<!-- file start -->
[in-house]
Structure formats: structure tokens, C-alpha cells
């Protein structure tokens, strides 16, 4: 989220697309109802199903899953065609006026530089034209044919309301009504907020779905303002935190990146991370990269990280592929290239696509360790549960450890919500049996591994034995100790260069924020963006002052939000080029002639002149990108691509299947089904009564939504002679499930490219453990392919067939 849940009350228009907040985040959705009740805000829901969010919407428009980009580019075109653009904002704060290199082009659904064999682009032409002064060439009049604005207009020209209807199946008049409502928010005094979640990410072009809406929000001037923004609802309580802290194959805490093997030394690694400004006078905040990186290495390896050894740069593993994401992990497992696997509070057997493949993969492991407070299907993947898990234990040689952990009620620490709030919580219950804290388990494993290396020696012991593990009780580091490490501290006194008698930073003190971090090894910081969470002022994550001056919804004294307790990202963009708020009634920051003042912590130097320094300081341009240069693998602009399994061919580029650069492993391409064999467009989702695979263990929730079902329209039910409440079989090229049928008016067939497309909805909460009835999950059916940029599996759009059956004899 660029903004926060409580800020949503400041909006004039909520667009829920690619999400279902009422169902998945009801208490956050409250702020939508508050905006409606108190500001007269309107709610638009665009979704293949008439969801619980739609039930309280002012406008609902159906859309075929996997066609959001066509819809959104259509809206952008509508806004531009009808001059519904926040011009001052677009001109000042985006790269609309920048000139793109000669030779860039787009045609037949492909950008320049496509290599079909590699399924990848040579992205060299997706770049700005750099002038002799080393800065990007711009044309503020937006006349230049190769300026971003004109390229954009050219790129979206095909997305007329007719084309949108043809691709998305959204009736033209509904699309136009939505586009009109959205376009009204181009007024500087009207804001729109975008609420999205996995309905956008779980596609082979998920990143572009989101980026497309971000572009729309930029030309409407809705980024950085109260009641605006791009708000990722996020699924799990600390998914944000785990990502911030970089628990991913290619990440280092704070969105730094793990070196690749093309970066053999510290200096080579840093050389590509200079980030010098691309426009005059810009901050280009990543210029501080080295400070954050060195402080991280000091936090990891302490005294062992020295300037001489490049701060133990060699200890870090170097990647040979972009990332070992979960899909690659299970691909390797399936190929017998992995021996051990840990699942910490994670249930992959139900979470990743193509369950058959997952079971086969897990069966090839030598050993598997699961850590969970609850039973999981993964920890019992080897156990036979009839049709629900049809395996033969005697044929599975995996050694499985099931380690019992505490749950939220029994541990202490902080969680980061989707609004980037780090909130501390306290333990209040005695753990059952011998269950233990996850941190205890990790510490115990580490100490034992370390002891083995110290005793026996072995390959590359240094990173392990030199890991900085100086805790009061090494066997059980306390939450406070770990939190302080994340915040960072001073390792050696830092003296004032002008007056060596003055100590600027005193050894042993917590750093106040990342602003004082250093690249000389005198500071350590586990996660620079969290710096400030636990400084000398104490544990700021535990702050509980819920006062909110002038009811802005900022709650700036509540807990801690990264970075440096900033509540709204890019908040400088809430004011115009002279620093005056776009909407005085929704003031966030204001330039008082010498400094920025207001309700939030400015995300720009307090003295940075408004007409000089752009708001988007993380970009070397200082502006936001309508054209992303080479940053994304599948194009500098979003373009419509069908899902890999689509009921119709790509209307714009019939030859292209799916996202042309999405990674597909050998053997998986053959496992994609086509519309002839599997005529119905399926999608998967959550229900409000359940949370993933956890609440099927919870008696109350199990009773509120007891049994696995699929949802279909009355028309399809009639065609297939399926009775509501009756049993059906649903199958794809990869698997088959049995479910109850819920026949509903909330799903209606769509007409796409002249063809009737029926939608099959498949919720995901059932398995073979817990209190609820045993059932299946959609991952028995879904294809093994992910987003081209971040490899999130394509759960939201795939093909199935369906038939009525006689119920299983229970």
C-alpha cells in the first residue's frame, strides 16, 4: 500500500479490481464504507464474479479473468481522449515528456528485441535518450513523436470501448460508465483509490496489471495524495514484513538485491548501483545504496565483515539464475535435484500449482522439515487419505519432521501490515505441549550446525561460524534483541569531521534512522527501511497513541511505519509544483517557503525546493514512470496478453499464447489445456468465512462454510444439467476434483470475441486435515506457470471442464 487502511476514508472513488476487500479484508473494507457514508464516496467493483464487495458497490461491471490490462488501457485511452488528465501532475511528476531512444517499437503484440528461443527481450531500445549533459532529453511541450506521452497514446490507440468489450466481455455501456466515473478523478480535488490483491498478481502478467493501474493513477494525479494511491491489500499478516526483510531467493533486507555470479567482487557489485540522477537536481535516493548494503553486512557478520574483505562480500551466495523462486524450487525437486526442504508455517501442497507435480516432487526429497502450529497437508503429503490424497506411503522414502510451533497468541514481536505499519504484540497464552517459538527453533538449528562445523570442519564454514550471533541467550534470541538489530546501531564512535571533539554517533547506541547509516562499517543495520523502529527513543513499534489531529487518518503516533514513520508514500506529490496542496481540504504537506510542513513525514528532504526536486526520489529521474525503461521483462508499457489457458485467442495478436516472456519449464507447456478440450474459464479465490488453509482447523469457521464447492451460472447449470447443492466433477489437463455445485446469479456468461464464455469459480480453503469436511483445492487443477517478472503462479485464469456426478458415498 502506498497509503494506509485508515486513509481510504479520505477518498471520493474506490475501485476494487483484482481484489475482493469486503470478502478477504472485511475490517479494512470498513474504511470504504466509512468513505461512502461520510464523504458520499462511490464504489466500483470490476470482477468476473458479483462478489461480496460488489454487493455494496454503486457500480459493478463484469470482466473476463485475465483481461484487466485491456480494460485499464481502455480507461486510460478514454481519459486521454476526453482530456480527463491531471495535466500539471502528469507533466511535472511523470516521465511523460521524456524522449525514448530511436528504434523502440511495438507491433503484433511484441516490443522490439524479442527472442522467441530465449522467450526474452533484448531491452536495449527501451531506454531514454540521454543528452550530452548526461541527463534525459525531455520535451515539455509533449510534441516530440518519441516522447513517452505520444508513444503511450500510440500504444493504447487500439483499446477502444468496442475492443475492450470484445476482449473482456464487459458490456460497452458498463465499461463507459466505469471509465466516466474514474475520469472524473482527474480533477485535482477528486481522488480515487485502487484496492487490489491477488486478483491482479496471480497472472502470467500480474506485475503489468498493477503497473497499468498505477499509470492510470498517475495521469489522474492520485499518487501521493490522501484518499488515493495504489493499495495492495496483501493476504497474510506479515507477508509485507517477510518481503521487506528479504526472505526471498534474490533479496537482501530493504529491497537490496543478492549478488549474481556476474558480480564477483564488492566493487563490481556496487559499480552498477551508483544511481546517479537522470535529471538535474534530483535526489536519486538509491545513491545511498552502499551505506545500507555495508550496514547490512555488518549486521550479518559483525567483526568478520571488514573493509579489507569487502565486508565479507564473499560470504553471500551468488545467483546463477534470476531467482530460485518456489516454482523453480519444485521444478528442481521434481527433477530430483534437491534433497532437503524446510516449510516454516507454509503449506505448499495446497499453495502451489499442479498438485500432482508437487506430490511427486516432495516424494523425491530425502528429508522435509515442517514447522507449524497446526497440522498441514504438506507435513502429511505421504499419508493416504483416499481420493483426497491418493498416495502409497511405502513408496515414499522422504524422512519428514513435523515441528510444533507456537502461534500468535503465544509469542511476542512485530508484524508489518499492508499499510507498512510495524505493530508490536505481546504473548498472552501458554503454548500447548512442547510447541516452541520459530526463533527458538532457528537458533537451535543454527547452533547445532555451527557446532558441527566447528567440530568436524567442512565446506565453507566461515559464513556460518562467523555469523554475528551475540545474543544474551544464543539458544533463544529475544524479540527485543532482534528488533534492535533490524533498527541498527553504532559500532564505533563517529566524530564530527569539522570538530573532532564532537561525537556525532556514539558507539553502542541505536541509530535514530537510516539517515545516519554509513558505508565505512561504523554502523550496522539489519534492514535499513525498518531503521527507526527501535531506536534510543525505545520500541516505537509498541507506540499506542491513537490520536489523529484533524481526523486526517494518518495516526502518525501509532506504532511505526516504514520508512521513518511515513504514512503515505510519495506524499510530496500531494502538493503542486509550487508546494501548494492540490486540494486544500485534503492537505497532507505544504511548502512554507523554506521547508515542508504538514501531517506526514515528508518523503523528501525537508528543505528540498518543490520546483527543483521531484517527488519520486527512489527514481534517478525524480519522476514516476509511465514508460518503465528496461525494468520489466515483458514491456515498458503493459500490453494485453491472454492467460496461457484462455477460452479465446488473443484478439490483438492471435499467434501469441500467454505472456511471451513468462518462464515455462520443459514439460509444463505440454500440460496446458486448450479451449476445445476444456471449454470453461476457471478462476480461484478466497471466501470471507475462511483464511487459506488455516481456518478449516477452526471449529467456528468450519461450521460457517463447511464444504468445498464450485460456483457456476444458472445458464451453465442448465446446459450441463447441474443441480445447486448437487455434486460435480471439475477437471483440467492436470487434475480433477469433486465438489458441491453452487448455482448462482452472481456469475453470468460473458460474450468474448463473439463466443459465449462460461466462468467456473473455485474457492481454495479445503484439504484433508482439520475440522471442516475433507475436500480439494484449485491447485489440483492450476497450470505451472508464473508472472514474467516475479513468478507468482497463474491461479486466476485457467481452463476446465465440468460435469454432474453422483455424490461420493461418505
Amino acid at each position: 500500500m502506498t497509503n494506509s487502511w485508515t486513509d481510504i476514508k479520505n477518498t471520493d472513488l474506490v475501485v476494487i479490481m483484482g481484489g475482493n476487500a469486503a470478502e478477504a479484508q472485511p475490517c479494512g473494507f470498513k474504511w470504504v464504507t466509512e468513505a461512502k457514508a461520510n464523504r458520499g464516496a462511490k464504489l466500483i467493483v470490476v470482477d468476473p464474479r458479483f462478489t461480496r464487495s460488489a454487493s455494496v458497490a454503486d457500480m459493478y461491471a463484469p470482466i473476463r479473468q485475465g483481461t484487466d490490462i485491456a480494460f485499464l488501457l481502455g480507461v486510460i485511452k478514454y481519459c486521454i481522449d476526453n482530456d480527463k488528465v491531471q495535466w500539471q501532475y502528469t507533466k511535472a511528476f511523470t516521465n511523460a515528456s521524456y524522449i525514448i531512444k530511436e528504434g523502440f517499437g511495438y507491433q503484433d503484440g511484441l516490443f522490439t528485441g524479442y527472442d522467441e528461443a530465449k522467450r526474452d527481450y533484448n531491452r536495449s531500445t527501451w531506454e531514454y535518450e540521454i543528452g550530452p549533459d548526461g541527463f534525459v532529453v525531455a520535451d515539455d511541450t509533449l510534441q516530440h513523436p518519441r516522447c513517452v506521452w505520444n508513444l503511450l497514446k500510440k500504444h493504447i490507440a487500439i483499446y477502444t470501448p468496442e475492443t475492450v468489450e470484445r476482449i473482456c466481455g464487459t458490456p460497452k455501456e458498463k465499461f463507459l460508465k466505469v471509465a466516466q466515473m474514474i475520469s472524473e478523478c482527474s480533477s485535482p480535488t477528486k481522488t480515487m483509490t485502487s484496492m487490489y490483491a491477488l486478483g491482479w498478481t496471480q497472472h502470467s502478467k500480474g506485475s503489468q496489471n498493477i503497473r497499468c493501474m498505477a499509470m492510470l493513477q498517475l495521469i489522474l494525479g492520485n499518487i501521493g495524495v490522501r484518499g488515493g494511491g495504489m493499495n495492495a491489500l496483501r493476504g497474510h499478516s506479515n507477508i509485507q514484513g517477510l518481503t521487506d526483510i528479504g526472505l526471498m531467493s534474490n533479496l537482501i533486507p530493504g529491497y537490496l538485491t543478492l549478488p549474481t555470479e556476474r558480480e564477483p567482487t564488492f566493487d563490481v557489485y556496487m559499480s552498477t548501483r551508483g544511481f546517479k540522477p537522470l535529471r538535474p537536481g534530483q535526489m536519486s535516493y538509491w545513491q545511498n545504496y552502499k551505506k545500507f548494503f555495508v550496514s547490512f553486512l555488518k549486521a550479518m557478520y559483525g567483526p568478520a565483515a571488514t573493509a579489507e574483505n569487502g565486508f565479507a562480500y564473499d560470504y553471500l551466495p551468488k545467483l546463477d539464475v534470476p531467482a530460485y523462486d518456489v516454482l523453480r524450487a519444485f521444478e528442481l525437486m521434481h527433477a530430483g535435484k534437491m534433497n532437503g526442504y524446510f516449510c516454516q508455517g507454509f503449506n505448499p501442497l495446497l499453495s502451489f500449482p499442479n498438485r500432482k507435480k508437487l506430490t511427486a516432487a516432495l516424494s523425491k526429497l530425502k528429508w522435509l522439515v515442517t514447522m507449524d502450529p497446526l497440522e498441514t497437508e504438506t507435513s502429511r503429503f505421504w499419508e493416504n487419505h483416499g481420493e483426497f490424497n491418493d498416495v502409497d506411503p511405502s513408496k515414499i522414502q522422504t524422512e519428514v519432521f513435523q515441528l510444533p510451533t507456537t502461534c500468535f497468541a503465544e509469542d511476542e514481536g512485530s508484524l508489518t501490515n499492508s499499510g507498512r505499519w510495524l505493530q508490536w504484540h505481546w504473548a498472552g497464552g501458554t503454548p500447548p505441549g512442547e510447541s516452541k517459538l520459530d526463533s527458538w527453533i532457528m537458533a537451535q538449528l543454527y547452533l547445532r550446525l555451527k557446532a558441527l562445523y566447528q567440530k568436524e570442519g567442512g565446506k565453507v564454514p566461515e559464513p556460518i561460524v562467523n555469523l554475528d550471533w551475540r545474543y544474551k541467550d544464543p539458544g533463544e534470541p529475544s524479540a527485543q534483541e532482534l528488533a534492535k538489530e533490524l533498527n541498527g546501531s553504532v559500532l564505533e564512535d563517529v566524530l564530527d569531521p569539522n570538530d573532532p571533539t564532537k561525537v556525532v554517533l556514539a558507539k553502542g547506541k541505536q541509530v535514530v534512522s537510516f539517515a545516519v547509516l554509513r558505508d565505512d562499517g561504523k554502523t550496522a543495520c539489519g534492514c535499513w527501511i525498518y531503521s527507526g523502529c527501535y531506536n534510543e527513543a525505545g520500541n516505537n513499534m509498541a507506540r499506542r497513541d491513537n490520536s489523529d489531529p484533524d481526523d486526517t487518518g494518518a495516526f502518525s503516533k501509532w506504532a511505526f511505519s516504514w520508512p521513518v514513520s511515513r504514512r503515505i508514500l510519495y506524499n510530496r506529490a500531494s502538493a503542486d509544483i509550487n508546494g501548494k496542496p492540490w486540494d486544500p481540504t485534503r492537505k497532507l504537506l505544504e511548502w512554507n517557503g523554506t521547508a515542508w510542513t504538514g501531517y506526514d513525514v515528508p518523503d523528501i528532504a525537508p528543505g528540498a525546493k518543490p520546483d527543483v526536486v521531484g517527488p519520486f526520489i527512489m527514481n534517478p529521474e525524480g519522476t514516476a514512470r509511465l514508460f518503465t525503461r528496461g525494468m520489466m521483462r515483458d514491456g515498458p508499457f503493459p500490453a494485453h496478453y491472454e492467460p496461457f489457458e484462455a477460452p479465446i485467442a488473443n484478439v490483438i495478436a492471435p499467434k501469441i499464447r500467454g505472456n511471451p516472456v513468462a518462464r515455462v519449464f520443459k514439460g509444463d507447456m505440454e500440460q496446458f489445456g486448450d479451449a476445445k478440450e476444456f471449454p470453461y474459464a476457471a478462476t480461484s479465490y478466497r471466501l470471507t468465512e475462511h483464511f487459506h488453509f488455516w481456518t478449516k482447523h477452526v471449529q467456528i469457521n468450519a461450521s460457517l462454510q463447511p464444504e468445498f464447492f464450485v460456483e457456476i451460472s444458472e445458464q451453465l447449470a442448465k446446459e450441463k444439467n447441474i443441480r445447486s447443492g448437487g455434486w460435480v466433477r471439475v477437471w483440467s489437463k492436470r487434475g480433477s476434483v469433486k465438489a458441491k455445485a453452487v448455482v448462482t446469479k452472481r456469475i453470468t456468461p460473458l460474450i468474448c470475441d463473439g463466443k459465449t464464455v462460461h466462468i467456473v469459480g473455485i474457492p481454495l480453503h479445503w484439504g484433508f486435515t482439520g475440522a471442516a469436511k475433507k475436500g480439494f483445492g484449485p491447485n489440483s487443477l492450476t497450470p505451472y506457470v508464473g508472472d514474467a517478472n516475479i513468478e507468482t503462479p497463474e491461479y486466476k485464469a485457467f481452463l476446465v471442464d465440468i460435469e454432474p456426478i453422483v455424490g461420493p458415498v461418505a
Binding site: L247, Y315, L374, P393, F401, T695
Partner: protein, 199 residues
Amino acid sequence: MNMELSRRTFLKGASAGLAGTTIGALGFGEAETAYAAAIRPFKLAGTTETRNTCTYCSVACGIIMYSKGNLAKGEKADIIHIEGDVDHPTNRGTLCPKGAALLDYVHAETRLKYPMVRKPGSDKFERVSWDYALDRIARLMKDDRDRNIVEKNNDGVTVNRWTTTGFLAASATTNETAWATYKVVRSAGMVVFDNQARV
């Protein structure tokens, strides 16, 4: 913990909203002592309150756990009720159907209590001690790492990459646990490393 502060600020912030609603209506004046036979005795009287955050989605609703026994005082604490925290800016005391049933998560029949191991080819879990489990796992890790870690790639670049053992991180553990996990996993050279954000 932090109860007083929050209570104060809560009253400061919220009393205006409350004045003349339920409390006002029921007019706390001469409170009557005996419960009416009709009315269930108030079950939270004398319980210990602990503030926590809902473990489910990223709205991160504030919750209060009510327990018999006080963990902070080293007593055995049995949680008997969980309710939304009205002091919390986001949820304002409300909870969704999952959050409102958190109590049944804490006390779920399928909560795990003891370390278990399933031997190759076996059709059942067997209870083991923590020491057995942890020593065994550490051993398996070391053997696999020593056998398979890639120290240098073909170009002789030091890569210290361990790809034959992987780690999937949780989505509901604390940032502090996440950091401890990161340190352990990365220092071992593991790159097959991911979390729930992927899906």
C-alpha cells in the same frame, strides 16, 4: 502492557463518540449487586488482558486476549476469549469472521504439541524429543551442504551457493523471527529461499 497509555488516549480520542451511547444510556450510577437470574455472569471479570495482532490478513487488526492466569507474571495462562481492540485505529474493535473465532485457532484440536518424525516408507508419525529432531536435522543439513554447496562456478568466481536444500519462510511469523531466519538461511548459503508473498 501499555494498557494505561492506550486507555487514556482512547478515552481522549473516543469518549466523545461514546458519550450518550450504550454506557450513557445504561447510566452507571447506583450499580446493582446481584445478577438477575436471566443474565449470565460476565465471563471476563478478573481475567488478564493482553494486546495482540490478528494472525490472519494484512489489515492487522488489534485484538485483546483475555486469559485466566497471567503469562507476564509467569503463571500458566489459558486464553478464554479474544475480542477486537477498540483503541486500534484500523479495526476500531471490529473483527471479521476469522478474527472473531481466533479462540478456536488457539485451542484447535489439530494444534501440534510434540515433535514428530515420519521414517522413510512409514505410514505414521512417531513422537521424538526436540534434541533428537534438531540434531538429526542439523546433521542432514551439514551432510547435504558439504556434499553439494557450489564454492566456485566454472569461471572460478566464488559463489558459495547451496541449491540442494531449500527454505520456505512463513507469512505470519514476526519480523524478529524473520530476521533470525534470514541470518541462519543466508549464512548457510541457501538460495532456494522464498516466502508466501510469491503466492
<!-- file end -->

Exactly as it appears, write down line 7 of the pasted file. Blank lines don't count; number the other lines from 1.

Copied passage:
Partner: protein, 199 residues